The “unpleasant parallels” between the cryptocurrency market and the collapse of the US mortgage market that brought the world “to its knees and triggered the global financial crisis of 2007-2008,” described the Nobel Laureate in Economics Paul Krugman in a January 27 article in The New York Times.
Krugman recalled that “by the autumn of last year, the total market value of cryptocurrencies had reached nearly $3 trillion. Since then, however, prices have collapsed, wiping out about $1.3 trillion in market capitalization ,” Krugman pointed out, raising the question of who is the victim of this collapse.
“No, cryptocurrencies do not threaten the financial system – the numbers are not big enough for that. But there is growing evidence that the risks associated with cryptography are disproportionately borne by people who do not know what they are getting into and are ill-prepared to deal with the negative consequences ,” the laureate noted.
When asked about who the affected party was, Krugman noted that according to a poll by the research organization NORC, 44% of crypto investors are not white, and 55% do not have a higher education. “This is consistent with anecdotal evidence that cryptocurrency investing has become extremely popular among minority groups and the working class ,” he noted.
KRUGMAN’S ARGUEMENT ON CRYPTOCURRENCIES!!!
Arguing with NORC, which says it’s “great that cryptocurrencies open up investment opportunities for more diverse investors ,” Krugman notes that he “remembers the days when subprime mortgage lending was also glorified — when it was hailed as a way to open up the benefits of home ownership to previously excluded groups.
Krugman reminded readers of the words of Ned Gramlich, one of the leaders of the US Federal Reserve in 1997-2005, who was “known to warn in vain of rising financial dangers . “
Then he asked, “Why are the riskiest loan products sold to the least sophisticated borrowers?” Then he stated: “The question answers itself ,” Krugman emphasized.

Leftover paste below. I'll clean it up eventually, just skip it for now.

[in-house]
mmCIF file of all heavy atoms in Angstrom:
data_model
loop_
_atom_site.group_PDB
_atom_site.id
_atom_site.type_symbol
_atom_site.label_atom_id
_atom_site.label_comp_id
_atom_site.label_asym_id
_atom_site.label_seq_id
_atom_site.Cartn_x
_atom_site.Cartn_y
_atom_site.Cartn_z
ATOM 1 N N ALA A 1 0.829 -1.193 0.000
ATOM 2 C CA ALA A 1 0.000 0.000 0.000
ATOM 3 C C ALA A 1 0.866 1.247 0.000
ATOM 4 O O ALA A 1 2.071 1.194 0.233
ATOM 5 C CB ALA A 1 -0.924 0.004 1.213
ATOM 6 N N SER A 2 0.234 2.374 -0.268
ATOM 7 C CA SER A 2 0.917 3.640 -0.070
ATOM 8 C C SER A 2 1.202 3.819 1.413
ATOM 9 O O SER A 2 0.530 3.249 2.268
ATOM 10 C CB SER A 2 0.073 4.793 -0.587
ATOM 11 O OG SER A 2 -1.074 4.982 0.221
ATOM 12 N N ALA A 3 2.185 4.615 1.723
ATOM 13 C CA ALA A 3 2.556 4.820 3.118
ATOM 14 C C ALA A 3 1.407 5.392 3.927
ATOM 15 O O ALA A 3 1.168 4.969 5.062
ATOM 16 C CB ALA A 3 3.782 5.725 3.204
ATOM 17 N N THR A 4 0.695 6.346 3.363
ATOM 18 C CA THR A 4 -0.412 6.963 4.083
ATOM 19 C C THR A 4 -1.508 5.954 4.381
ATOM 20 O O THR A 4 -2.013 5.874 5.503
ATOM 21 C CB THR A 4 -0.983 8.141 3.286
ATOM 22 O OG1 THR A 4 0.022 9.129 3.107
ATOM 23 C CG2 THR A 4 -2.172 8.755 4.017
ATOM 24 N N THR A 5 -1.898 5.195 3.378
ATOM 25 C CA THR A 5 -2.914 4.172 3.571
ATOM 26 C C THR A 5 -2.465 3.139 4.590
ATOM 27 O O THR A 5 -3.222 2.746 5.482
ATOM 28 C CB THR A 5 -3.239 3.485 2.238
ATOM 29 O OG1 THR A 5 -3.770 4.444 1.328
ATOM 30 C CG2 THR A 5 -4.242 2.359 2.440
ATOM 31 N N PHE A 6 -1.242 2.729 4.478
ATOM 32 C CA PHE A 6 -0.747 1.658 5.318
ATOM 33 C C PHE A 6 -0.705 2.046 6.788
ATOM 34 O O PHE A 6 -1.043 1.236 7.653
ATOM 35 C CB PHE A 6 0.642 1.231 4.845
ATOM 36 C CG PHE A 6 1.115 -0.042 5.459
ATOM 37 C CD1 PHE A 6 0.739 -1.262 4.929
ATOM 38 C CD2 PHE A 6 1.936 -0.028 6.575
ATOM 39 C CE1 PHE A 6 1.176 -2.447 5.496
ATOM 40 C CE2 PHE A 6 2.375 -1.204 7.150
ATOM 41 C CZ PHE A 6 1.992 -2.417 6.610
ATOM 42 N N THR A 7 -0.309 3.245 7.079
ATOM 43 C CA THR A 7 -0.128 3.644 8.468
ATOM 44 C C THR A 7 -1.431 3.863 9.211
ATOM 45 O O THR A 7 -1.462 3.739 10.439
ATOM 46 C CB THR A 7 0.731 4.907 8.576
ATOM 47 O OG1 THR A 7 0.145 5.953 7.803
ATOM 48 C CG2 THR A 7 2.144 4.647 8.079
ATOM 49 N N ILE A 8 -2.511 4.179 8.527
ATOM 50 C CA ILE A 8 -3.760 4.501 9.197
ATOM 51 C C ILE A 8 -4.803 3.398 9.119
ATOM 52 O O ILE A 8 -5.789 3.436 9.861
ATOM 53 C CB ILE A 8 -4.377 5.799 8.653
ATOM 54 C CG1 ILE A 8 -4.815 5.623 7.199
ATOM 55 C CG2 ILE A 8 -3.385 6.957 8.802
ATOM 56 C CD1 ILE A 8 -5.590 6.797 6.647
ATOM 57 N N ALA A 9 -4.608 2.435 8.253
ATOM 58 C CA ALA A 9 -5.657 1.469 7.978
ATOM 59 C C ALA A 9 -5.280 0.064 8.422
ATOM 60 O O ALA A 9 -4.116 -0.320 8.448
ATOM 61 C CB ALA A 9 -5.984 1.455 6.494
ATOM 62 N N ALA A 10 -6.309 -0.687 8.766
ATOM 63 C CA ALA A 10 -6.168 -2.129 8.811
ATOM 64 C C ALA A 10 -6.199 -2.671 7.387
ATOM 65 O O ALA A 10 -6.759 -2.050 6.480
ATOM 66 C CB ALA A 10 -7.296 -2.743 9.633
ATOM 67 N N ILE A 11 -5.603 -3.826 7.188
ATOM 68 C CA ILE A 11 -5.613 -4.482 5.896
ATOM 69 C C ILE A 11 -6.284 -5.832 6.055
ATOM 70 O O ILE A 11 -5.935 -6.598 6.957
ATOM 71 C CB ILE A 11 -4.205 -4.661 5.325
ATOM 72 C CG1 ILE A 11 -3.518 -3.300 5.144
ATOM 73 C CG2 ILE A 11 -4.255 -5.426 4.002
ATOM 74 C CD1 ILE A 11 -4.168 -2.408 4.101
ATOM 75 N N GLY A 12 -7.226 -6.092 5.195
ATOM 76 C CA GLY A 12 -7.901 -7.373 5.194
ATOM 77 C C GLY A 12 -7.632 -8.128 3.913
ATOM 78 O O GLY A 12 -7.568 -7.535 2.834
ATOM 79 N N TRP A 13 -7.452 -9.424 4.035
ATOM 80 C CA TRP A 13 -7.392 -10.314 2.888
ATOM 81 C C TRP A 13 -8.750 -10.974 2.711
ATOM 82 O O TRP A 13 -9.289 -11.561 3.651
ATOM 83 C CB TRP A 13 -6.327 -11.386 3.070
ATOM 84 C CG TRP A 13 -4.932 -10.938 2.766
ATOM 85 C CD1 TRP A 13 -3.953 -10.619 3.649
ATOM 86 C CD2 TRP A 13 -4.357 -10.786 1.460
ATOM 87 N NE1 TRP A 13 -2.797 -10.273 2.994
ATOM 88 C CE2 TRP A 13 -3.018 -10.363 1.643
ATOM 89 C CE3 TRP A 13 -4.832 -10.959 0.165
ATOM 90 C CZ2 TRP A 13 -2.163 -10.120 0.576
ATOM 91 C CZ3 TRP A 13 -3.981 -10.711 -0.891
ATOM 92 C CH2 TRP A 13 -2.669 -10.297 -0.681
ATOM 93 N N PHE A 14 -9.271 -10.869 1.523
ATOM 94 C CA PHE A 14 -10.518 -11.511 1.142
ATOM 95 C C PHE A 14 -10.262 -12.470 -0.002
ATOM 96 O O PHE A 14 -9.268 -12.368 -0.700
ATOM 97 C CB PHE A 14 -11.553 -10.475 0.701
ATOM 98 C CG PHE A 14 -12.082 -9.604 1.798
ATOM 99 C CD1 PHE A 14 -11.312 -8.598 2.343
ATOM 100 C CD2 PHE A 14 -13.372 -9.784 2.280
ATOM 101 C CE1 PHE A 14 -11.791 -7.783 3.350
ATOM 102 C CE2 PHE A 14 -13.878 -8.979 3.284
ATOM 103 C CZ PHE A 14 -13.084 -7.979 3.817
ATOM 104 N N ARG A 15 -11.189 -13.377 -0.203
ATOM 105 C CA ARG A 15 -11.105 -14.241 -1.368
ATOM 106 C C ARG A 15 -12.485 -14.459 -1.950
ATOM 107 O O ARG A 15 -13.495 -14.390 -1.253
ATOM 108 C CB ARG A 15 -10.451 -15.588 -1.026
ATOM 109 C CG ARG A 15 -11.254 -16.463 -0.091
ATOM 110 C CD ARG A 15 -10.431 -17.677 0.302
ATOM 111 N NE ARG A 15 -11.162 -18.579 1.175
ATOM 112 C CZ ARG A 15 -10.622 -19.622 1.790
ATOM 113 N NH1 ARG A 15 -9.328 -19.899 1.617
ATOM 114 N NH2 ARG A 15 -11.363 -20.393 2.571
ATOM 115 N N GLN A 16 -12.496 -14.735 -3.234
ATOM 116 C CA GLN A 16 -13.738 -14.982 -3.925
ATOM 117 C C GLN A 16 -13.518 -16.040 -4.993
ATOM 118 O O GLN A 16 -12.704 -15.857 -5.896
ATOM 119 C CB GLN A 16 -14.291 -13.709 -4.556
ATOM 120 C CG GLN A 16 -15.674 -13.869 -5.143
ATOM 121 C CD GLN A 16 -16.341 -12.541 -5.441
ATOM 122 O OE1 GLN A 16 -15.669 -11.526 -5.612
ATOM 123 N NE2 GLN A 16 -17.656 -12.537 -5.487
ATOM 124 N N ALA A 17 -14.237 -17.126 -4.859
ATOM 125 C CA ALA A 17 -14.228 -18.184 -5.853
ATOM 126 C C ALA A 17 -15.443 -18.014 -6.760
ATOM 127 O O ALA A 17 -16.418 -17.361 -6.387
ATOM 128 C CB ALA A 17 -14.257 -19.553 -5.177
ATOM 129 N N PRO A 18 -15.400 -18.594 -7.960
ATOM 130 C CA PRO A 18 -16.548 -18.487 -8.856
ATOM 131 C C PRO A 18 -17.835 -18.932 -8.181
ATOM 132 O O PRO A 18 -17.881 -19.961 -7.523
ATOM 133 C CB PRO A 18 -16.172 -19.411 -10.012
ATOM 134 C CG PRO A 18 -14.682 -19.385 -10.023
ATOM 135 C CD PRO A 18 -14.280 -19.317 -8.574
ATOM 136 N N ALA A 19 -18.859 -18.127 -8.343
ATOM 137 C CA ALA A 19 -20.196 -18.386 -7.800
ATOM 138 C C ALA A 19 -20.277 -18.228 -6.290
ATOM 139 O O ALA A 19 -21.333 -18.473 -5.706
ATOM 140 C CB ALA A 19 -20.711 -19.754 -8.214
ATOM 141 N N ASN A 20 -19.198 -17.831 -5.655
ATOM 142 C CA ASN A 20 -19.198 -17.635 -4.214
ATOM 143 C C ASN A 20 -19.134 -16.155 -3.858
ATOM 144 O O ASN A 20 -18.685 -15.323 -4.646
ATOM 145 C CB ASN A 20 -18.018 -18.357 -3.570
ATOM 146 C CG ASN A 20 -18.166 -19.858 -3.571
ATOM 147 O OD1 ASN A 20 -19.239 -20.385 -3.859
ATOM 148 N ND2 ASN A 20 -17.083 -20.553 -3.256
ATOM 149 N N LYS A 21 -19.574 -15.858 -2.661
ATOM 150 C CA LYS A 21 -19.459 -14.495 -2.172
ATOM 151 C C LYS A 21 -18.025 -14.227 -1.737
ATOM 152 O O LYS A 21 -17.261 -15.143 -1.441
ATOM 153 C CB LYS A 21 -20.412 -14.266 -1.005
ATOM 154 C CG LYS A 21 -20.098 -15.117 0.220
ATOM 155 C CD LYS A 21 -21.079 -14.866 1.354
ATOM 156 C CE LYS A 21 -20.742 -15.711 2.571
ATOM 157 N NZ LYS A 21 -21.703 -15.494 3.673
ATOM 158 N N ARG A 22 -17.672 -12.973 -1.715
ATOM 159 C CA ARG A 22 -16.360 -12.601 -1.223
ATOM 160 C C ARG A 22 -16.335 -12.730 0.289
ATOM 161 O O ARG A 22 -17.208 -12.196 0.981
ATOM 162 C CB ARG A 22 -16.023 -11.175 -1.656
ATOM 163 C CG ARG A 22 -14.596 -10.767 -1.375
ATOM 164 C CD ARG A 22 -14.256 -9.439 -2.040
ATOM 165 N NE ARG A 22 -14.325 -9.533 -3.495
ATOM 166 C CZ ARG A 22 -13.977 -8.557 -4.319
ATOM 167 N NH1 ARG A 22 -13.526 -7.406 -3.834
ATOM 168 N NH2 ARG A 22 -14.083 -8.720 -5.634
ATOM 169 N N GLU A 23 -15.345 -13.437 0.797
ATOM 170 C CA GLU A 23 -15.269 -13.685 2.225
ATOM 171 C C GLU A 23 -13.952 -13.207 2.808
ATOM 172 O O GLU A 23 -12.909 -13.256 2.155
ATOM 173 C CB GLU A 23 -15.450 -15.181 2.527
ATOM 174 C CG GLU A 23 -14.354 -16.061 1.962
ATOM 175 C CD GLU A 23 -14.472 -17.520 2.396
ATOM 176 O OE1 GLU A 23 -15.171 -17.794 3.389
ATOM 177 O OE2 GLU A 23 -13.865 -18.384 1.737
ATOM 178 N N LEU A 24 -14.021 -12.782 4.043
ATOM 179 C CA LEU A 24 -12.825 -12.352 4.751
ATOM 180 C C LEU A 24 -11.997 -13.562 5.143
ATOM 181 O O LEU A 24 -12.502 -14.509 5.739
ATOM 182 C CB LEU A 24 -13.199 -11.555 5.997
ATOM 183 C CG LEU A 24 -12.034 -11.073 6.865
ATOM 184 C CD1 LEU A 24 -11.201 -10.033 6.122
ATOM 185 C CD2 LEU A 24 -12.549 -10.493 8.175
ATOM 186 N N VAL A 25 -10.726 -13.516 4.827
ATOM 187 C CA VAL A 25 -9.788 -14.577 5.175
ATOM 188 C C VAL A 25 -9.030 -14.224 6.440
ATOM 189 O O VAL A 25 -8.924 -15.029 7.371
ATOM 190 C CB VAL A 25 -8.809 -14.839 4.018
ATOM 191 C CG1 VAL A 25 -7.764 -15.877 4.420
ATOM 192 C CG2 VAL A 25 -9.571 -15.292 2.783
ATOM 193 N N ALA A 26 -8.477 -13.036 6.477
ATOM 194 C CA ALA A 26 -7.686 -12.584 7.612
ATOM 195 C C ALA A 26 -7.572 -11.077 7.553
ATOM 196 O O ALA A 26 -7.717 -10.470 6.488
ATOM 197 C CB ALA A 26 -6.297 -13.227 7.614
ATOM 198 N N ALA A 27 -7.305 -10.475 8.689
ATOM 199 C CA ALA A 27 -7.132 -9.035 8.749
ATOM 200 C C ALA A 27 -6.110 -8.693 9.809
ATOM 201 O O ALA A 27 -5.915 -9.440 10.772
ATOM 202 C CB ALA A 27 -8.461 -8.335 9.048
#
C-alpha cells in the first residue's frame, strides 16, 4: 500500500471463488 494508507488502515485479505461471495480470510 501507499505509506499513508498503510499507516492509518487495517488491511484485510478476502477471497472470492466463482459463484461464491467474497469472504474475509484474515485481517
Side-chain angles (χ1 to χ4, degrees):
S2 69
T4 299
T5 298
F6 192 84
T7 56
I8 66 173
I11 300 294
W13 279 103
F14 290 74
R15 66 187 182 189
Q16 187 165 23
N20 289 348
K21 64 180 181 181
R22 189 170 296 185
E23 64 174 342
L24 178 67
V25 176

The Nobel laureate summed up that cryptocurrencies “with their huge price fluctuations, seemingly unrelated to fundamental factors” , in his assessment, are “as risky as possible” .
WHO IS KRUGMAN?
Paul Robin Krugman is an American economist and public intellectual, who is Distinguished Professor of Economics at the Graduate Center of the City University of New York, and a columnist for The New York Times. In 2008, Krugman was the winner of the Nobel Memorial Prize in Economic Sciences for his contributions to New Trade Theory and New Economic Geography.
The Prize Committee cited Krugman’s work explaining the patterns of international trade and the geographic distribution of economic activity, by examining the effects of economies of scale and of consumer preferences for diverse goods and services.
Krugman was previously a professor of economics at MIT, and later at Princeton University. He retired from Princeton in June 2015, and holds the title of professor emeritus there. He also holds the title of Centennial Professor at the London School of Economics. Krugman was President of the Eastern Economic Association in 2010,and is among the most influential economists in the world. He is known in academia for his work on international economics (including trade theory and international finance),economic geography, liquidity traps, and currency crises.
Krugman is the author or editor of 27 books, including scholarly works, textbooks, and books for a more general audience, and has published over 200 scholarly articles in professional journals and edited volumes. He has also written several hundred columns on economic and political issues for The New York Times, Fortune and Slate.
A 2011 survey of economics professors named him their favorite living economist under the age of 60. According to the Open Syllabus Project, Krugman is the second most frequently cited author on college syllabi for economics courses. As a commentator, Krugman has written on a wide range of economic issues including income distribution, taxation, macroeconomics, and international economics. Krugman considers himself a modern liberal, referring to his books, his blog on The New York Times, and his 2007 book The Conscience of a Liberal. His popular commentary has attracted widespread attention and comments, both positive and negative.